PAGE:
I make time for reading when many people just give reading lip service. I attended a community meeting and happened to be sitting at the table with city officials (Next time I will change tables.) One official asked me what I was going to do with some time off that I had coming up. I, of course replied that I would be reading. He replied, “People always say that and no one does it.” “Ha,” I answered. “I have books all picked out to read.” He added “People always say that, but never do it. I have a shelf full of books, but I never read them.” Needless to say, I DID read my books, and the next time I happened to see this official at (yet another) meeting, I reminded him that SOME people are passionate about reading and do make reading a priority.
    You all write; I read. We go well together.

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  11. Glad to know I’m not the only one who neglected her musical career before it even began!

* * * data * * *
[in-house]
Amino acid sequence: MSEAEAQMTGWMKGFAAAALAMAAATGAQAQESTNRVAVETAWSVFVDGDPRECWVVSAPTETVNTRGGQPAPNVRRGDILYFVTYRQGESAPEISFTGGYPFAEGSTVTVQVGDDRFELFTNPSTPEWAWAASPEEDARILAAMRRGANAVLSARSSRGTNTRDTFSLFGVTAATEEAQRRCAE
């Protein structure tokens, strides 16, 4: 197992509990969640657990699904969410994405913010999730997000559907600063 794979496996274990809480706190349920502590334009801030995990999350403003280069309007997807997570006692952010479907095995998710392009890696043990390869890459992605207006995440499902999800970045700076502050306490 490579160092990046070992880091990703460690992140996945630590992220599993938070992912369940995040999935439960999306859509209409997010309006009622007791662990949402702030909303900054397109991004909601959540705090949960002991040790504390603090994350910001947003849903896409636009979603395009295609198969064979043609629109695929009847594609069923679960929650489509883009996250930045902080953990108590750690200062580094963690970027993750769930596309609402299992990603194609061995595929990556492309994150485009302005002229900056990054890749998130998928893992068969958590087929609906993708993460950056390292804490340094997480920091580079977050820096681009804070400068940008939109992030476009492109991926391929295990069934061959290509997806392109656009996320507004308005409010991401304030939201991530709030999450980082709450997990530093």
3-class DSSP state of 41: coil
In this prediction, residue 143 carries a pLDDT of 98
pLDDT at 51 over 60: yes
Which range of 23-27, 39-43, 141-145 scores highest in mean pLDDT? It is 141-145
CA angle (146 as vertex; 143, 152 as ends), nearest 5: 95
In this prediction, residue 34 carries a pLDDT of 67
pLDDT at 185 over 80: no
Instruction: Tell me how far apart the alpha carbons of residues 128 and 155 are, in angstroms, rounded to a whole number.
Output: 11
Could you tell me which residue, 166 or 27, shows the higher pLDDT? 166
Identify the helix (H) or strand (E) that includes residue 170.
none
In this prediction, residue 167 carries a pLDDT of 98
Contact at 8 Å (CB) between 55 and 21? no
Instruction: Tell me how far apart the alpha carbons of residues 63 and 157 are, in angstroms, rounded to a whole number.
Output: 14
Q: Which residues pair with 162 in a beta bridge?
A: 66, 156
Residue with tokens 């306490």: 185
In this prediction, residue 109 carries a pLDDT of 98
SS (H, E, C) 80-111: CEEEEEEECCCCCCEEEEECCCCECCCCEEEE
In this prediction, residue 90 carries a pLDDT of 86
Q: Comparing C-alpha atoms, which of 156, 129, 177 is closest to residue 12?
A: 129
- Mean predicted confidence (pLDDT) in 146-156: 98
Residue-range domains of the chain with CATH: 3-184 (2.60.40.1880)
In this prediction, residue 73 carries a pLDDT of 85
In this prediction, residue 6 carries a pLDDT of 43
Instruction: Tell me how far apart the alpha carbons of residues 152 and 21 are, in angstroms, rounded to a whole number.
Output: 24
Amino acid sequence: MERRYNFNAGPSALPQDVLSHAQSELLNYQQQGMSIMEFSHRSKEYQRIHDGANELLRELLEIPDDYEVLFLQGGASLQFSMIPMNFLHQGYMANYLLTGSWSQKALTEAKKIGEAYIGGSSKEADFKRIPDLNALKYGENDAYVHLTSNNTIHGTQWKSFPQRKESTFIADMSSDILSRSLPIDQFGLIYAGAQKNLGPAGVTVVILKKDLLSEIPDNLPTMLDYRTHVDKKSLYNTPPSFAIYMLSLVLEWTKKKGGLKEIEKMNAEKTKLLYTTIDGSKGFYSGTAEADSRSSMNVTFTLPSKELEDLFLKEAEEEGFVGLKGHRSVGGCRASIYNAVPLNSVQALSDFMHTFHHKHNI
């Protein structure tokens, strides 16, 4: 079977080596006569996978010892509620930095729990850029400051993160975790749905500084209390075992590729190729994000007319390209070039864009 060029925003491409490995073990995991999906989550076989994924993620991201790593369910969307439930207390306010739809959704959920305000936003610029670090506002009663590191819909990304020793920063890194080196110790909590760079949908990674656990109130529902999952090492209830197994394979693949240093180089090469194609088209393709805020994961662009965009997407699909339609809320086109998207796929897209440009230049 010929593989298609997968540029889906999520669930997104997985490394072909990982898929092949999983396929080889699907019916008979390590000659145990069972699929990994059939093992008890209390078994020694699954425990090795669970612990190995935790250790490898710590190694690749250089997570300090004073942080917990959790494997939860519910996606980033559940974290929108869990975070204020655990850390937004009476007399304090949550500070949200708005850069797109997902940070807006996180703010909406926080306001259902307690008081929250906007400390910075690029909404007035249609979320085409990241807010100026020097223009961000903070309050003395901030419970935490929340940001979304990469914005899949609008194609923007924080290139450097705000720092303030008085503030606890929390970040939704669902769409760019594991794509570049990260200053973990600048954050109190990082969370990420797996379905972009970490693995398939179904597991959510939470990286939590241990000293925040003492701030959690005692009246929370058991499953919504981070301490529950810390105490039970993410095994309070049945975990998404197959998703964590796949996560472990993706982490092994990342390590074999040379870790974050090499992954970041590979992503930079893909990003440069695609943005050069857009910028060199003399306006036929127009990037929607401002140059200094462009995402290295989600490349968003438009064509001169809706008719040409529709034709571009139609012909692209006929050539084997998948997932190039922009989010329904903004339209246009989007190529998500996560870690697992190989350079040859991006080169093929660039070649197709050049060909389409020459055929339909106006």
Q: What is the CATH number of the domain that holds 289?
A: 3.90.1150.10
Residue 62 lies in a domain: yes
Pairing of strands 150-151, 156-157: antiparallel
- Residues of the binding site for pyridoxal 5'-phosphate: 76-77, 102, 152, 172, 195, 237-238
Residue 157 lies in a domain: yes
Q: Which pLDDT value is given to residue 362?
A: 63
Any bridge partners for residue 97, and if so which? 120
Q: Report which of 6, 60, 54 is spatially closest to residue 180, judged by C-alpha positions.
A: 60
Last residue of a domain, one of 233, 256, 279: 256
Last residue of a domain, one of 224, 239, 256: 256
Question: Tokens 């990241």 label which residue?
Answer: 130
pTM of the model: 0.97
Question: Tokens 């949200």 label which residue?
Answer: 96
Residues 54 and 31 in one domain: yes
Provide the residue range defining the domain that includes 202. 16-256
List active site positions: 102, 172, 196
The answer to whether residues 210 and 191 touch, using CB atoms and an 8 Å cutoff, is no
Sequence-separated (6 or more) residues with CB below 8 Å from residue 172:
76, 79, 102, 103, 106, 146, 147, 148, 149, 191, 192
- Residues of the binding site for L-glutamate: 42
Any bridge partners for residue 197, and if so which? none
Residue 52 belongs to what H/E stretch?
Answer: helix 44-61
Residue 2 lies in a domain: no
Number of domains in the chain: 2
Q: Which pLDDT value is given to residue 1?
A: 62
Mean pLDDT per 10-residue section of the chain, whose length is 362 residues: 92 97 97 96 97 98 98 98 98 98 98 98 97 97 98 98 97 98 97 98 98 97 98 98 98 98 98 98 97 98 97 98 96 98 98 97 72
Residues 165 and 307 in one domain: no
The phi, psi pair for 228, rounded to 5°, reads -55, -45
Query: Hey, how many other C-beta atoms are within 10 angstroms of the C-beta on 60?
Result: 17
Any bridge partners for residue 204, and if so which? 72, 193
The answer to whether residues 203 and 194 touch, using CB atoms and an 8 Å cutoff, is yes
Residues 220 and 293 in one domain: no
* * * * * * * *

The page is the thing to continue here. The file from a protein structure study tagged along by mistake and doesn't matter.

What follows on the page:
It is a struggle to sit your heinie in the chair to write. For those of you with little kids, one thing I taught mine was if my door was closed, they could only knock if something was bleeding, barfing, or burning. It didn’t take much for them to get it. Of course, they weren’t infants or anything. I’m not completely neglectful. (Just with the piano.) Although when they were infants, I always wrote during naptime. Never felt the urge to do dishes or fold laundry during writing time, except, as Peg pointed out, when I was struggled over some roadblock.

    And I like the idea of incremental finishing, Pamela. Celebrate all success, no matter how small!

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  12. Ray Bradbury once told me, when I had the pleasure of meeting him at a signing, that he’d never worked a day in his life. And I agree. Writing is hard, but it’s not “work.” Is that what makes it a passion? When Life intervenes and prevents me from writing, I start to twitch after about a week.